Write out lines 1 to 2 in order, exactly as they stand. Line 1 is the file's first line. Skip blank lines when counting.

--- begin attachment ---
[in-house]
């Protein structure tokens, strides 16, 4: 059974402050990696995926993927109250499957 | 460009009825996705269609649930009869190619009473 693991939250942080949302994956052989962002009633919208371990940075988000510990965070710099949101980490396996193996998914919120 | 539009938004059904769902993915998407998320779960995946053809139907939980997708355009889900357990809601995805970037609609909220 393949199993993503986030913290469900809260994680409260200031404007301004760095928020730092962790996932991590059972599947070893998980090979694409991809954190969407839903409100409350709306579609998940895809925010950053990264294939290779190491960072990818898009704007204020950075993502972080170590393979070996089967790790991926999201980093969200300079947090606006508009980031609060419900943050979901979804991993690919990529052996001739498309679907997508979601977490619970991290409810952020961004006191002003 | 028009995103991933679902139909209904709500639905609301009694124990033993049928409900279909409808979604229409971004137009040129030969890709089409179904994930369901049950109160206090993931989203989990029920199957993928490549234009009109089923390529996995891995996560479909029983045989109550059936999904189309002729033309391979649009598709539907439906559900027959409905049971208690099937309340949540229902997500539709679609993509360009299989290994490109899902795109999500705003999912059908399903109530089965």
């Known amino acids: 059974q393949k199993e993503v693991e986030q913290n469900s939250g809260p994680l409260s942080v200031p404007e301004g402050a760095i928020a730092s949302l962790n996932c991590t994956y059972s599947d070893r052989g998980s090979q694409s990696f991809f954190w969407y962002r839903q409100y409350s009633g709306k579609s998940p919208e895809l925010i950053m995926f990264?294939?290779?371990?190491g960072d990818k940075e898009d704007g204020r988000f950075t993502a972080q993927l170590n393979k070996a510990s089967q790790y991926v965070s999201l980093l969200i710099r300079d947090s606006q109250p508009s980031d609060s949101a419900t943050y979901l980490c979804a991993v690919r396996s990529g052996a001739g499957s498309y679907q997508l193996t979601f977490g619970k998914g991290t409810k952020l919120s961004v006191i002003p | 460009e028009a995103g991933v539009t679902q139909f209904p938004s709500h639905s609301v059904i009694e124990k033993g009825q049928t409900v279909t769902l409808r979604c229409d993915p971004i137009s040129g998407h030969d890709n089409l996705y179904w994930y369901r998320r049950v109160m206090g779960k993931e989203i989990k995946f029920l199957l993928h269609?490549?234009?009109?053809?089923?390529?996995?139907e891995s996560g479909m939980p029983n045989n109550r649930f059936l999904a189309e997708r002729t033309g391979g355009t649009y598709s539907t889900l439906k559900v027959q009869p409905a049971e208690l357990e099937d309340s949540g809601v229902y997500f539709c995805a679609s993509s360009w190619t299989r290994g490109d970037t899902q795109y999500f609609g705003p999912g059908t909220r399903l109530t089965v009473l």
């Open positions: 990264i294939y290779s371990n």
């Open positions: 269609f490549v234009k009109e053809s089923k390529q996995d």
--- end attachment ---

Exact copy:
[in-house]
């Protein structure tokens, strides 16, 4: 059974402050990696995926993927109250499957 | 460009009825996705269609649930009869190619009473 693991939250942080949302994956052989962002009633919208371990940075988000510990965070710099949101980490396996193996998914919120 | 539009938004059904769902993915998407998320779960995946053809139907939980997708355009889900357990809601995805970037609609909220 393949199993993503986030913290469900809260994680409260200031404007301004760095928020730092962790996932991590059972599947070893998980090979694409991809954190969407839903409100409350709306579609998940895809925010950053990264294939290779190491960072990818898009704007204020950075993502972080170590393979070996089967790790991926999201980093969200300079947090606006508009980031609060419900943050979901979804991993690919990529052996001739498309679907997508979601977490619970991290409810952020961004006191002003 | 028009995103991933679902139909209904709500639905609301009694124990033993049928409900279909409808979604229409971004137009040129030969890709089409179904994930369901049950109160206090993931989203989990029920199957993928490549234009009109089923390529996995891995996560479909029983045989109550059936999904189309002729033309391979649009598709539907439906559900027959409905049971208690099937309340949540229902997500539709679609993509360009299989290994490109899902795109999500705003999912059908399903109530089965």